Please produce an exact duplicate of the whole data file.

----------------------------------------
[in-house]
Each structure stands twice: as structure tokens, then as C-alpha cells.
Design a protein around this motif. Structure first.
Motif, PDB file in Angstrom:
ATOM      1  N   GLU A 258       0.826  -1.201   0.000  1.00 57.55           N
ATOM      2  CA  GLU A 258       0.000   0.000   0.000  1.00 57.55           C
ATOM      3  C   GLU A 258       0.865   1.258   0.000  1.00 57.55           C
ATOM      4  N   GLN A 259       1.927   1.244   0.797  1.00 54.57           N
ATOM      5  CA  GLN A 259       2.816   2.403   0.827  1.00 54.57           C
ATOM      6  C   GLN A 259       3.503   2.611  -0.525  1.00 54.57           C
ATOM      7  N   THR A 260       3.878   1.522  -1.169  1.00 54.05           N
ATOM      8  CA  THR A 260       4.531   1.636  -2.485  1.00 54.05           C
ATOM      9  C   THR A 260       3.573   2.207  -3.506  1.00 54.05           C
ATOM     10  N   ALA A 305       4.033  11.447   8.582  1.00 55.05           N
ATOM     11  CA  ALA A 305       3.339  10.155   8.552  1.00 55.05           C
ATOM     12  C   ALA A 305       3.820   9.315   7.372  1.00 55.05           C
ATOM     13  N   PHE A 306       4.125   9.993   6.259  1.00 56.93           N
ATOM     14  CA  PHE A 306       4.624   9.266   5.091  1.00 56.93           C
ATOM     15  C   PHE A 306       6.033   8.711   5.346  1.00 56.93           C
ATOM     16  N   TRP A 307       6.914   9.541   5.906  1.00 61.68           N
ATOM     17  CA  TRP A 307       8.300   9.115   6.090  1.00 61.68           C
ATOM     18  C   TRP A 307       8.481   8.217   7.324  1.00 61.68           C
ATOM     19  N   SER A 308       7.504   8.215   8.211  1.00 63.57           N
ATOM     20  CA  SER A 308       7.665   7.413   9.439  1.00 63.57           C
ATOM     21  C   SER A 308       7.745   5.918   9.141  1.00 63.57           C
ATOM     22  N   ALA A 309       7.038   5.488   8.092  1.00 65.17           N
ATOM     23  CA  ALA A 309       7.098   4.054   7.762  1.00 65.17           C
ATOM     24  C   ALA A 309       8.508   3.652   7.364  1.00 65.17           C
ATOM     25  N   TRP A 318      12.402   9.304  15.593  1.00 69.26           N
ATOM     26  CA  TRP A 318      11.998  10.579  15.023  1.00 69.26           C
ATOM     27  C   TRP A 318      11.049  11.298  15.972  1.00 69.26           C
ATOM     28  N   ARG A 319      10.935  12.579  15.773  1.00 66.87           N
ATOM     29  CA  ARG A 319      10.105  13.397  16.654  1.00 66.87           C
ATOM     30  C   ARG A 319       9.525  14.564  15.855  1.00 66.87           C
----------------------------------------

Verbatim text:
[in-house]
Each structure stands twice: as structure tokens, then as C-alpha cells.
Design a protein around this motif. Structure first.
Motif, PDB file in Angstrom:
ATOM      1  N   GLU A 258       0.826  -1.201   0.000  1.00 57.55           N
ATOM      2  CA  GLU A 258       0.000   0.000   0.000  1.00 57.55           C
ATOM      3  C   GLU A 258       0.865   1.258   0.000  1.00 57.55           C
ATOM      4  N   GLN A 259       1.927   1.244   0.797  1.00 54.57           N
ATOM      5  CA  GLN A 259       2.816   2.403   0.827  1.00 54.57           C
ATOM      6  C   GLN A 259       3.503   2.611  -0.525  1.00 54.57           C
ATOM      7  N   THR A 260       3.878   1.522  -1.169  1.00 54.05           N
ATOM      8  CA  THR A 260       4.531   1.636  -2.485  1.00 54.05           C
ATOM      9  C   THR A 260       3.573   2.207  -3.506  1.00 54.05           C
ATOM     10  N   ALA A 305       4.033  11.447   8.582  1.00 55.05           N
ATOM     11  CA  ALA A 305       3.339  10.155   8.552  1.00 55.05           C
ATOM     12  C   ALA A 305       3.820   9.315   7.372  1.00 55.05           C
ATOM     13  N   PHE A 306       4.125   9.993   6.259  1.00 56.93           N
ATOM     14  CA  PHE A 306       4.624   9.266   5.091  1.00 56.93           C
ATOM     15  C   PHE A 306       6.033   8.711   5.346  1.00 56.93           C
ATOM     16  N   TRP A 307       6.914   9.541   5.906  1.00 61.68           N
ATOM     17  CA  TRP A 307       8.300   9.115   6.090  1.00 61.68           C
ATOM     18  C   TRP A 307       8.481   8.217   7.324  1.00 61.68           C
ATOM     19  N   SER A 308       7.504   8.215   8.211  1.00 63.57           N
ATOM     20  CA  SER A 308       7.665   7.413   9.439  1.00 63.57           C
ATOM     21  C   SER A 308       7.745   5.918   9.141  1.00 63.57           C
ATOM     22  N   ALA A 309       7.038   5.488   8.092  1.00 65.17           N
ATOM     23  CA  ALA A 309       7.098   4.054   7.762  1.00 65.17           C
ATOM     24  C   ALA A 309       8.508   3.652   7.364  1.00 65.17           C
ATOM     25  N   TRP A 318      12.402   9.304  15.593  1.00 69.26           N
ATOM     26  CA  TRP A 318      11.998  10.579  15.023  1.00 69.26           C
ATOM     27  C   TRP A 318      11.049  11.298  15.972  1.00 69.26           C
ATOM     28  N   ARG A 319      10.935  12.579  15.773  1.00 66.87           N
ATOM     29  CA  ARG A 319      10.105  13.397  16.654  1.00 66.87           C
ATOM     30  C   ARG A 319       9.525  14.564  15.855  1.00 66.87           C